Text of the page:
This method could also be used for other department’s social media too, posting an image of the OU in Scotland’s Edinburgh office, for example, but setting up an IFTTT recipe for it to autopost to the OU in Scotland’s Twitter account, helping to drive traffic to the corporate Instagram account from different Twitter accounts, and therefore different audiences.

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The end of the first semester…

First comes the stress, the panic and the constant waking in the night to write ideas down, then comes a wave of relief on completion, followed by panic that it’s not right, then the underlying worry until you get your mark. Yes folks, MA assignments bring with them a rollercoaster of emotions. And it’s not like you can ride the wave of relief for too long either…  before you know it another one is lapping at your toes, threatening to drown your social life and sting your brain cells.

Despite the workload and constant fear of failure I’m really enjoying being a student, particularly as I got to see campus for the first time last week. Having been a student since September, albeit a distance learner, I had yet to tread foot on BCU soil.

That said, I have email contact with my fellow students and know they’re only an email, text or Facebook message away. I speak regularly with my tutor and, equally, know numerous ways to quiz him if I get stuck or need support. As a distance learner I digest my learning via a series of weekly AudioBoos, video clips or filmed guest speakers, presentations on Slideshare and blog posts, as well as a long reading list and time spent dabbling with the very tools we’re learning about. It’s a very practical, just get on and do it, type of course, and that’s one of the reasons I like it; there’s a lot of flexibility in the way I tackle my study and that’s appealing. As someone who works full time and also likes to cling onto a social life and other hobbies, it’s important to be able to fit study around everything else.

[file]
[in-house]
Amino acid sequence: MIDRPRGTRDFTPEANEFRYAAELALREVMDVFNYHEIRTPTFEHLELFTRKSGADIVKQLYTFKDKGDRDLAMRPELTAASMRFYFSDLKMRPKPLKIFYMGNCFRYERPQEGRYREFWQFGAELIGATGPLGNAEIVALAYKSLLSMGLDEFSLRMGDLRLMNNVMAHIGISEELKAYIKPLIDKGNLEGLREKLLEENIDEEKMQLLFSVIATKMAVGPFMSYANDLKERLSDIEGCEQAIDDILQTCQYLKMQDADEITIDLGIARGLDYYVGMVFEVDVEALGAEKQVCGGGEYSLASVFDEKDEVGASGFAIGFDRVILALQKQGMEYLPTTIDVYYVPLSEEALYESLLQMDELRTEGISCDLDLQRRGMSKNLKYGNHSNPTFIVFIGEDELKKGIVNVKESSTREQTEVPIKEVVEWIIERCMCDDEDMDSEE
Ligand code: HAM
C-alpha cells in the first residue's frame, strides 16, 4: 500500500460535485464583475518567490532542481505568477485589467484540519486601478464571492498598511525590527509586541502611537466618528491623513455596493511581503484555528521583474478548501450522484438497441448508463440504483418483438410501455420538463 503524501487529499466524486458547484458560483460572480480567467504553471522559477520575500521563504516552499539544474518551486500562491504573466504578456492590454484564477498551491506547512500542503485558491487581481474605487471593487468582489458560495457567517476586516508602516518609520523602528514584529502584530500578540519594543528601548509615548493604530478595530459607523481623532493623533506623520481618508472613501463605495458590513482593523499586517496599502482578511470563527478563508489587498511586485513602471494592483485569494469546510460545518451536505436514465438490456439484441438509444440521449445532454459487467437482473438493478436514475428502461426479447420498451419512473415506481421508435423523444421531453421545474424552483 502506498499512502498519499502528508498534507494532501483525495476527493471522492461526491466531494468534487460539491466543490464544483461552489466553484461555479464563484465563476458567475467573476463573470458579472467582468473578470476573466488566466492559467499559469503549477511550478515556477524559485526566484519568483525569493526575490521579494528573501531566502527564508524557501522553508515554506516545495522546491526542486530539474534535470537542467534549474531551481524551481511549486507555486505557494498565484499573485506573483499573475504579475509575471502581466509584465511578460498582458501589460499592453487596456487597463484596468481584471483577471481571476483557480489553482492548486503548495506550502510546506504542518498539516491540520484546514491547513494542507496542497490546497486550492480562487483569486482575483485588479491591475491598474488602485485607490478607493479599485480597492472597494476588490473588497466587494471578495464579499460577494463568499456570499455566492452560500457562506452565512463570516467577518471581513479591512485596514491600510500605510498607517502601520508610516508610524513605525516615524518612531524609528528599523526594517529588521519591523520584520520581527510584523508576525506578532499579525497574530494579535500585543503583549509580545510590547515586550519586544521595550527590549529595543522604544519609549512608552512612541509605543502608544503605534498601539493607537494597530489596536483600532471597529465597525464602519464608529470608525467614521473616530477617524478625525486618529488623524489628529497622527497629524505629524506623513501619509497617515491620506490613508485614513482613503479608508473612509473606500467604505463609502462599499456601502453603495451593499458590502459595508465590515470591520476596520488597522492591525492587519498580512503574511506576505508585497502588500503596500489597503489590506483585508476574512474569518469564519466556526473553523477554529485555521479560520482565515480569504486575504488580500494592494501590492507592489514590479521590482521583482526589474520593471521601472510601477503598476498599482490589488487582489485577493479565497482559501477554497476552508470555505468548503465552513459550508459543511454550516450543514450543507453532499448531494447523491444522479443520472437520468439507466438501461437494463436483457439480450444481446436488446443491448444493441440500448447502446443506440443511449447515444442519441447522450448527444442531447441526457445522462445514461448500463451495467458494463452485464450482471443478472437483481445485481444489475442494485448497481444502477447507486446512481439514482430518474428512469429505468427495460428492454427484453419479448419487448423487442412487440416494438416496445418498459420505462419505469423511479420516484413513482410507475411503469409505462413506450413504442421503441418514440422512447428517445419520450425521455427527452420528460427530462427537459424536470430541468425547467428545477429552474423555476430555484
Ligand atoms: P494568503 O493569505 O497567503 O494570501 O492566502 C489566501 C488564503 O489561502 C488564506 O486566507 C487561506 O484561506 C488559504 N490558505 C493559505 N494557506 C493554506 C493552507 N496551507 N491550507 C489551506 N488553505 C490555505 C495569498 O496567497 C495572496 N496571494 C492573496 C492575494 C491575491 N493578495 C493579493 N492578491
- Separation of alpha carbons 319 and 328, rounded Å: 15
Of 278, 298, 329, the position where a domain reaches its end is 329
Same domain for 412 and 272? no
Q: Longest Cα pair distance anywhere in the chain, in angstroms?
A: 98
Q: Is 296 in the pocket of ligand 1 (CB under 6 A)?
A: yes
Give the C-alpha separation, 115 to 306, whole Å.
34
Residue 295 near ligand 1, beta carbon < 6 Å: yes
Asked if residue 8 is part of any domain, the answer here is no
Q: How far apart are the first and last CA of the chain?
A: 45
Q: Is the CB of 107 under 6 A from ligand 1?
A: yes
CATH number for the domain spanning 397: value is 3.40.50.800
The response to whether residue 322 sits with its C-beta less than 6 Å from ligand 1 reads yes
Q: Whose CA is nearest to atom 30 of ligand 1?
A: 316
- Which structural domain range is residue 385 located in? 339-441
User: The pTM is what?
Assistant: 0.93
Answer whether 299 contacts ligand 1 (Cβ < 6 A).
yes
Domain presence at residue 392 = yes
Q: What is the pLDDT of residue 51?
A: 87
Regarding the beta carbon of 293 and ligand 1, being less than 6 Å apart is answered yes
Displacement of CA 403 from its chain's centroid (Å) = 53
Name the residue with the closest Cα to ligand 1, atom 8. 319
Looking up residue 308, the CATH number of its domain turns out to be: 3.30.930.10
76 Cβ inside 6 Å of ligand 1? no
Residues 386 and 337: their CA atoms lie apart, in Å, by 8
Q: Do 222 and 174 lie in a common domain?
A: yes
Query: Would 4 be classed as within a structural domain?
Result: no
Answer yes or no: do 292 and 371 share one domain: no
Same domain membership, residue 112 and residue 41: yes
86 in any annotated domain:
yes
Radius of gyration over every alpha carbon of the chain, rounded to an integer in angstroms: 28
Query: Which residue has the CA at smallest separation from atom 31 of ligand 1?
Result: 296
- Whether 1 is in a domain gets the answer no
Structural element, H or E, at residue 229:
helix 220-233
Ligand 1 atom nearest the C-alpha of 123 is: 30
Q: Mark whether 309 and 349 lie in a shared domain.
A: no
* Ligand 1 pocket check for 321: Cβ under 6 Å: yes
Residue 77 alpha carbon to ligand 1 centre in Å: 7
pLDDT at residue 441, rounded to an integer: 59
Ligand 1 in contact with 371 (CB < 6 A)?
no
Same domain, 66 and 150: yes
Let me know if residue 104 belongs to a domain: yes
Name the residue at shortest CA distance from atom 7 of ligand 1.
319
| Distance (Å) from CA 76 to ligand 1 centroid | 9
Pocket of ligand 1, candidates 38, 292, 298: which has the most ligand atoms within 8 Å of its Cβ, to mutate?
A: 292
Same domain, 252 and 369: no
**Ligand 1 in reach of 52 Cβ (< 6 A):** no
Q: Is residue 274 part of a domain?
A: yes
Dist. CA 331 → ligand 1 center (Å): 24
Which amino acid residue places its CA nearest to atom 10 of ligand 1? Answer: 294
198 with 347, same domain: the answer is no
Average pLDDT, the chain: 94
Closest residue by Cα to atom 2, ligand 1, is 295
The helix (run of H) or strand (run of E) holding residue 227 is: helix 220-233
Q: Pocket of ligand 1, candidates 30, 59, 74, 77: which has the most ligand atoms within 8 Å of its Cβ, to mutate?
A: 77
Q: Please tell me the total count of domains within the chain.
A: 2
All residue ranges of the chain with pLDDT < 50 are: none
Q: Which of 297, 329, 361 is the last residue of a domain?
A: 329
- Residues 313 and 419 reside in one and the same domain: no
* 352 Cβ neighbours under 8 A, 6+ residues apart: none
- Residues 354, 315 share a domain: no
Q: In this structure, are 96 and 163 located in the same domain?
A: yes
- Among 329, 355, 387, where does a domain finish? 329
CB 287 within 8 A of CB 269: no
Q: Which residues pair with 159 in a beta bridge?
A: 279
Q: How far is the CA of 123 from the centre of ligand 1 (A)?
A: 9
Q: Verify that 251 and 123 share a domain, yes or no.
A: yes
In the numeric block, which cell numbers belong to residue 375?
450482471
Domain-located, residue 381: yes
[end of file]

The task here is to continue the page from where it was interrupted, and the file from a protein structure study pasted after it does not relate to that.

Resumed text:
For some, distance learning may feel isolated but I don’t feel that way. I’ve made an effort to attend some of the courses and conferences with my fellow students – so at least I know what they look like and where they are if I want to chat – and because I work at The Open University, the kings of supported distance learning, perhaps I feel more at ease about the process of independent study and less physical hand-holding.

And I think, so far, BCU are doing a pretty good job – particularly as it’s the first time they’ve offered the course via distance learning. Some of my fellow students are doing it full time, others part time, and just three of us via distance learning. But we’re all in similar boats, doing our best to stay afloat.

What I do miss, perhaps, is the sharing of experiences which most likely happens during weekly tutorials. I don’t know, for sure, because I have never attended one. And my learning journey may suffer slightly for it. But for now, I’m just getting on with it.

I’ve just slaved over my second assignment of semester one, which ate up a lot of time, and I’m now full of dread as I await the result. It’s worth 80 per cent so I need this one in the bag. But soon I’ll have other assignments to focus on as semester two rolls around – and the whole process starts again.